Maureen Dowd offensively roped Clarence Thomas into her column  on the arrest on sexual battery charges of Jeffrey Krusinski, the Air Force officer in charge of sexual assault prevention programs for the branch.
Krusinksi’s mug shot, showing scarlet scratches on his face, is a portrait in misery.
He knew his arrest on charges of groping a stranger would send the capital reeling and his career at the nearby Pentagon spiraling. The Air Force lieutenant colonel charged with sexual battery was the officer in charge of sexual assault prevention programs for the Air Force. (He had just finished his sexual assault victim training.)
There was a fox-in-the-henhouse echo of Clarence Thomas, who Anita Hill said sexually harassed her when he was the nation’s top enforcer of laws against workplace sexual harassment.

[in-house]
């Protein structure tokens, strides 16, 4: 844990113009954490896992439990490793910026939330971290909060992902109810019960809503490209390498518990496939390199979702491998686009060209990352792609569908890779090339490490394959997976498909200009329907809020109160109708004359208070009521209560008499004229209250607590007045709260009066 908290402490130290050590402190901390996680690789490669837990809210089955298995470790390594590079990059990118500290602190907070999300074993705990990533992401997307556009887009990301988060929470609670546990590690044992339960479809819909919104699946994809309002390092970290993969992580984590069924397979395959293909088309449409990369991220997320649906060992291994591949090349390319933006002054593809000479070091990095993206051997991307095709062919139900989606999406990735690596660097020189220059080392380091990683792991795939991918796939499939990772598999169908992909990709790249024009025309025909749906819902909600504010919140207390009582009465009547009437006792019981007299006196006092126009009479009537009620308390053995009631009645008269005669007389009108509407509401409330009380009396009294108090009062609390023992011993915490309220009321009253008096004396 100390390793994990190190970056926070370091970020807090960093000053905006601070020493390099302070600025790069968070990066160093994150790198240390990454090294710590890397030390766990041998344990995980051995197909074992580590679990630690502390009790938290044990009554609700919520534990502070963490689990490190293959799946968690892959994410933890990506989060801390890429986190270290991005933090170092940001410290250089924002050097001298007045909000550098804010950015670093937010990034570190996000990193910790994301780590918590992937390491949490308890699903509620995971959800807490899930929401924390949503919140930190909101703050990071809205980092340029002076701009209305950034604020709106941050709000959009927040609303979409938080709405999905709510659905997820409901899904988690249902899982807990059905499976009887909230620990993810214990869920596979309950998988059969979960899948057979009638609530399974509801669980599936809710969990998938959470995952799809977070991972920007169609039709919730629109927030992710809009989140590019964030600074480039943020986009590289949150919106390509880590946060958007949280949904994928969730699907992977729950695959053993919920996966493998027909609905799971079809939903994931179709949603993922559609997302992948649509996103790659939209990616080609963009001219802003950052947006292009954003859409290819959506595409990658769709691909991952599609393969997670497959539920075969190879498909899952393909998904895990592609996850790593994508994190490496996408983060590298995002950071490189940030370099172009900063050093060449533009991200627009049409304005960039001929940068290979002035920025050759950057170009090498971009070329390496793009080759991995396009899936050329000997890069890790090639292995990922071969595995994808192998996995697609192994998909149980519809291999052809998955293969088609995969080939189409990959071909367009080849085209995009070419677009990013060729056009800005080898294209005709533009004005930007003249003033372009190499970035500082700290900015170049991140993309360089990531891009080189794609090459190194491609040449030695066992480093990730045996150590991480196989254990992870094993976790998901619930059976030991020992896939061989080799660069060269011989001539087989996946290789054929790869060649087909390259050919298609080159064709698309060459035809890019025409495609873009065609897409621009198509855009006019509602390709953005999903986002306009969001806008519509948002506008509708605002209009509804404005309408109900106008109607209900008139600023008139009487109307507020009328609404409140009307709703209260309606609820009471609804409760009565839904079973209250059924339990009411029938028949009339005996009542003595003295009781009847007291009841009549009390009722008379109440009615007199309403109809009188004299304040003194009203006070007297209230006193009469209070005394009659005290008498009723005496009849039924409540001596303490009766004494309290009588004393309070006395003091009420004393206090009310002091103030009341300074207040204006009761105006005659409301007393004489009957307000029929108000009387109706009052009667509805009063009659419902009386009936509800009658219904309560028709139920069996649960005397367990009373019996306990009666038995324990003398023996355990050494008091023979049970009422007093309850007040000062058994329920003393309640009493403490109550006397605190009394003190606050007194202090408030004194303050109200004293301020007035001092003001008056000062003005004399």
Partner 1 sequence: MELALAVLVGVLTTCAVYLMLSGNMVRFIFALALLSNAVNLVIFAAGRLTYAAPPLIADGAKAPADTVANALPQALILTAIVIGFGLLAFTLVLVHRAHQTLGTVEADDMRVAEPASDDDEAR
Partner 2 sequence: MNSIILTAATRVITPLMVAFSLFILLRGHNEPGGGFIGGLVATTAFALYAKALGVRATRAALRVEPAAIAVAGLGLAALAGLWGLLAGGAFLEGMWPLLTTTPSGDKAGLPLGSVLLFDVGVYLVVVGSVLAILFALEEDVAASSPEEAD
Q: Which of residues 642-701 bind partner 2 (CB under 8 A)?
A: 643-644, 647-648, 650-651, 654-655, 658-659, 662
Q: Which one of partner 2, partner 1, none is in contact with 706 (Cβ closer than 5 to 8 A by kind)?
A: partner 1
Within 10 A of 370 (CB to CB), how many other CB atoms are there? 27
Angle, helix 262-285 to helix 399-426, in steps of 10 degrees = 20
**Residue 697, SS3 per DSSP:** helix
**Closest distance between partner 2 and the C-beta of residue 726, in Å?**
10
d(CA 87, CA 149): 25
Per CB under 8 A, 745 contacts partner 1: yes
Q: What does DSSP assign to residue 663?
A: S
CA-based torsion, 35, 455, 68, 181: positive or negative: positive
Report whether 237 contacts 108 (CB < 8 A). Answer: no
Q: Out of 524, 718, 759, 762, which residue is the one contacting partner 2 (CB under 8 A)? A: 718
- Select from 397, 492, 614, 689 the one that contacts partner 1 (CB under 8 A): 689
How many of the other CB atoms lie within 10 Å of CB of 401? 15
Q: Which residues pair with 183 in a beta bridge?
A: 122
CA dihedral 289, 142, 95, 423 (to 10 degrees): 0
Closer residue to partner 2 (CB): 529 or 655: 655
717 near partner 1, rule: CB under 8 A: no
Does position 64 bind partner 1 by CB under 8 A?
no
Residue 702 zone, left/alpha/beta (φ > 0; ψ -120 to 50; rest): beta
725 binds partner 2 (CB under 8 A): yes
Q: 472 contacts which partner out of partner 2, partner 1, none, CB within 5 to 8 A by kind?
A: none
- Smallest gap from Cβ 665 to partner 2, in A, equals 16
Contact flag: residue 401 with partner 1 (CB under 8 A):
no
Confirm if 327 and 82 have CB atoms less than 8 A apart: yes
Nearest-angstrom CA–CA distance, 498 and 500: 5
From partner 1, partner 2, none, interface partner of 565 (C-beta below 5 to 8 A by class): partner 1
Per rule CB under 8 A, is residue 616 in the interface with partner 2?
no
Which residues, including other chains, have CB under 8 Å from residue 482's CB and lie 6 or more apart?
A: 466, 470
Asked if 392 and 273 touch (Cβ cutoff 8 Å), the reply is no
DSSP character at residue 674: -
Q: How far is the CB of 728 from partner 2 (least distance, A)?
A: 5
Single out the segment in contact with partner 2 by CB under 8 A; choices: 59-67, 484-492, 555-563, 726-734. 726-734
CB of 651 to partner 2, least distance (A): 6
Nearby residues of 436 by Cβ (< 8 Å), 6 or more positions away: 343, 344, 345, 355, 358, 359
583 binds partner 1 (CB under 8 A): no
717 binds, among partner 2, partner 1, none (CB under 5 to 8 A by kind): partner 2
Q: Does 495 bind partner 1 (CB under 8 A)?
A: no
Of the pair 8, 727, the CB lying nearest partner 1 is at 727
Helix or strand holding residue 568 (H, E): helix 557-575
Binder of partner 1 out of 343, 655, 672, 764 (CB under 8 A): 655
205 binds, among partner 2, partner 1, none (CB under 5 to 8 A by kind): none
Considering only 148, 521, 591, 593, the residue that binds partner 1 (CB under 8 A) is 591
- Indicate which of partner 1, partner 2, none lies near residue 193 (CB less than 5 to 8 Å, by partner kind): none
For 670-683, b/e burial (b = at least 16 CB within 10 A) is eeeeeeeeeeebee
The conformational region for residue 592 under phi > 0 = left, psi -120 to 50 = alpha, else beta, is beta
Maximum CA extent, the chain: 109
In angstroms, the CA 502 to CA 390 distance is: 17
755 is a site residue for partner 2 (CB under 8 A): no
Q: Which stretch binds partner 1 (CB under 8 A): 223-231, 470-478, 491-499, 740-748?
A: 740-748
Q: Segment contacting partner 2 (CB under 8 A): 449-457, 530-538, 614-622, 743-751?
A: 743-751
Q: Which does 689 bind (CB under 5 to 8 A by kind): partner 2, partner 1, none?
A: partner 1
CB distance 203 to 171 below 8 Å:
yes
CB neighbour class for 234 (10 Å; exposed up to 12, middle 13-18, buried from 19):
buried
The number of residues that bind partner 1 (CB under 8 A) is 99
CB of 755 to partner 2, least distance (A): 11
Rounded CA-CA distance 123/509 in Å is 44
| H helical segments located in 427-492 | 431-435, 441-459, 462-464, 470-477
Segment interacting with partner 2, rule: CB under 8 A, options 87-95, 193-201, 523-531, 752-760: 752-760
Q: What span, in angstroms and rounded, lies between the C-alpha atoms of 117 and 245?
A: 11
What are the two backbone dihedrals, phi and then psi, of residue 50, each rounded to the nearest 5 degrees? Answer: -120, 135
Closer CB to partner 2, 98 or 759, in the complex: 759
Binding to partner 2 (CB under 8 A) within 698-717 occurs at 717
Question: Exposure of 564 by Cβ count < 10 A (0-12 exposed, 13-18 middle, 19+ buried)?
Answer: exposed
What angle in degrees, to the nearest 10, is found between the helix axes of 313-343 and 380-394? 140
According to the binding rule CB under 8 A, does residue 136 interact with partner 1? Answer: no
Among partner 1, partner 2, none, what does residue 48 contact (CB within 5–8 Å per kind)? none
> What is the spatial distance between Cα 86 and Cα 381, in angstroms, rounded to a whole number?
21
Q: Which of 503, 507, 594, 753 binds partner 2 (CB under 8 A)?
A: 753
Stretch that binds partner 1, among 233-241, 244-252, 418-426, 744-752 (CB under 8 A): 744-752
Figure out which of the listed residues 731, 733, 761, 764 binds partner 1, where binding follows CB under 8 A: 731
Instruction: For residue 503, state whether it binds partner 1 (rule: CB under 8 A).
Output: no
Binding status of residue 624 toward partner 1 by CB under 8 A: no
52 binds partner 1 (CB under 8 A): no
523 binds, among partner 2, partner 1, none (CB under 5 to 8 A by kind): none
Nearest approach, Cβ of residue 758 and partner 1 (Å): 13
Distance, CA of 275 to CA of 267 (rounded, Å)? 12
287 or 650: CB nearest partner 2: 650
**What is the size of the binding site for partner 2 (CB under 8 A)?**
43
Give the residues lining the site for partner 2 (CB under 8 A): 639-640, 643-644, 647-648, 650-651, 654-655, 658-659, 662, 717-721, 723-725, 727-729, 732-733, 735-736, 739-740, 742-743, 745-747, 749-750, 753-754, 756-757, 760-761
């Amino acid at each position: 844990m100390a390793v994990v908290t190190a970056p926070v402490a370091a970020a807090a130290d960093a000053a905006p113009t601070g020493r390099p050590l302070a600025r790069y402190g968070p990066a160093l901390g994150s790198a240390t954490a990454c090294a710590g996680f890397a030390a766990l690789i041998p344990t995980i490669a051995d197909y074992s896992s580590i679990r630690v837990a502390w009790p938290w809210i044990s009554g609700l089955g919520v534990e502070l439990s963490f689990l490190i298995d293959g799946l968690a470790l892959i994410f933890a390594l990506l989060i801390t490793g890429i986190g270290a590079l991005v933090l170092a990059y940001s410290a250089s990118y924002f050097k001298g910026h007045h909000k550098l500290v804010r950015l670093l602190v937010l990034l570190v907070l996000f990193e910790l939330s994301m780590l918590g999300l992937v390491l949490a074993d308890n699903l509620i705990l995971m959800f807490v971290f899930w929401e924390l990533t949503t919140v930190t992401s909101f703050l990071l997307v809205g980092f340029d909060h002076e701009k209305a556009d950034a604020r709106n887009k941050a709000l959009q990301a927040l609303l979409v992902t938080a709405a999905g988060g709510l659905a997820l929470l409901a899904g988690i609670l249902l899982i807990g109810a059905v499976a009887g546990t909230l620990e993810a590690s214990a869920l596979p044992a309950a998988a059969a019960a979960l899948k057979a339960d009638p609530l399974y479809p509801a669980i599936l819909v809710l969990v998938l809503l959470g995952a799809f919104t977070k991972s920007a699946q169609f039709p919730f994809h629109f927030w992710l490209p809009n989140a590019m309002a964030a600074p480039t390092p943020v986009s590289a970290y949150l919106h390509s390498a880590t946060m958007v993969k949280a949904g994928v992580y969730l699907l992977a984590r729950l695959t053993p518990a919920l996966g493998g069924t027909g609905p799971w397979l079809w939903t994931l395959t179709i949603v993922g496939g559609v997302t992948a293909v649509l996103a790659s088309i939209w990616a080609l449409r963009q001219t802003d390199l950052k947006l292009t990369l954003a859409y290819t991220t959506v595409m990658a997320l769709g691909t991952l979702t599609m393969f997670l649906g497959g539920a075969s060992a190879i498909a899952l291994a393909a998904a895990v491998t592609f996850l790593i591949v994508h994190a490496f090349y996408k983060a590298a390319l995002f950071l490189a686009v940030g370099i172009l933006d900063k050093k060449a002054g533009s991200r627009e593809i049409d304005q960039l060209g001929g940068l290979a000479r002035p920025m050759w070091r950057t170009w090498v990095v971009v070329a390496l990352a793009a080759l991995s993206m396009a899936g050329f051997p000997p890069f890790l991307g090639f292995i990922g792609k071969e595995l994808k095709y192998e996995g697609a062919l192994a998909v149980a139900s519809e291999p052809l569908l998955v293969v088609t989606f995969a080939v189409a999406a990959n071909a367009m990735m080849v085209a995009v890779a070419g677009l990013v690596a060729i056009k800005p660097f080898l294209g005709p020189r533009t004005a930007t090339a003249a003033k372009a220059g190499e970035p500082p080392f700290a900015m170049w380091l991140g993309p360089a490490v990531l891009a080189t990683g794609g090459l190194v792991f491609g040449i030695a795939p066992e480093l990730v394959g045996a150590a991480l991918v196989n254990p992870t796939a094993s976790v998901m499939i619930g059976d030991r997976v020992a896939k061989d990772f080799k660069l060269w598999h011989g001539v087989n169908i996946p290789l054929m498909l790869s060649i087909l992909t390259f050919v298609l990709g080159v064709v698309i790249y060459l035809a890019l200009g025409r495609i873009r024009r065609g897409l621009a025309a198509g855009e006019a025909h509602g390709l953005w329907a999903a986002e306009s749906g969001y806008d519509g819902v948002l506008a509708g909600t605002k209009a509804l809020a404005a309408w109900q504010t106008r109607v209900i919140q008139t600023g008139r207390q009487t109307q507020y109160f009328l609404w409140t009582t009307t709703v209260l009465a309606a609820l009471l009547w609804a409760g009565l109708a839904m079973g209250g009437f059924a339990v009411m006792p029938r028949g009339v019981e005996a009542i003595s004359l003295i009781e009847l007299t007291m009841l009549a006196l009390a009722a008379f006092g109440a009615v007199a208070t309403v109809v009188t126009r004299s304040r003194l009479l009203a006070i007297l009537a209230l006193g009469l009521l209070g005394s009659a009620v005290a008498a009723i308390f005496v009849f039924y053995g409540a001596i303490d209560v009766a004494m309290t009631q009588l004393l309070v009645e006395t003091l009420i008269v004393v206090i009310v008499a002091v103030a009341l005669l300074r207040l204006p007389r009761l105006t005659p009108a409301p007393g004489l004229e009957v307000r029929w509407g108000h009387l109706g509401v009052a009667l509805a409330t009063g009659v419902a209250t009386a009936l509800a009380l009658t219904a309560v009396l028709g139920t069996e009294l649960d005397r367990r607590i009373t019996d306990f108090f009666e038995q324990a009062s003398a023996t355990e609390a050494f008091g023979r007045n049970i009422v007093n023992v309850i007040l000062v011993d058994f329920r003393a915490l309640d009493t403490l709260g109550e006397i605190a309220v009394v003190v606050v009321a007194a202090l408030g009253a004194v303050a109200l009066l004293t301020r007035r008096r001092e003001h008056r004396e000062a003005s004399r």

Thomas of course was not charged with anything. He was confronted by Hill with old charges of sexual harassment during his Supreme Court hearings in 1991. Dowd wouldn't let go of the offensive comparison.
During the Thomas-Hill hearings, many powerful men here -- even ones defending Hill publicly -- privately assumed that she was somehow complicit in encouraging Thomas’s vulgar behavior. Feminists ranted “they just don’t get it” so often that it became a grating cliché.
Yet, 22 years later, during another Senate hearing on Tuesday where the topic of sexual transgression flared, it became clear that, as the California Congresswoman Jackie Speier told me afterward, “people in authority just don’t get it.”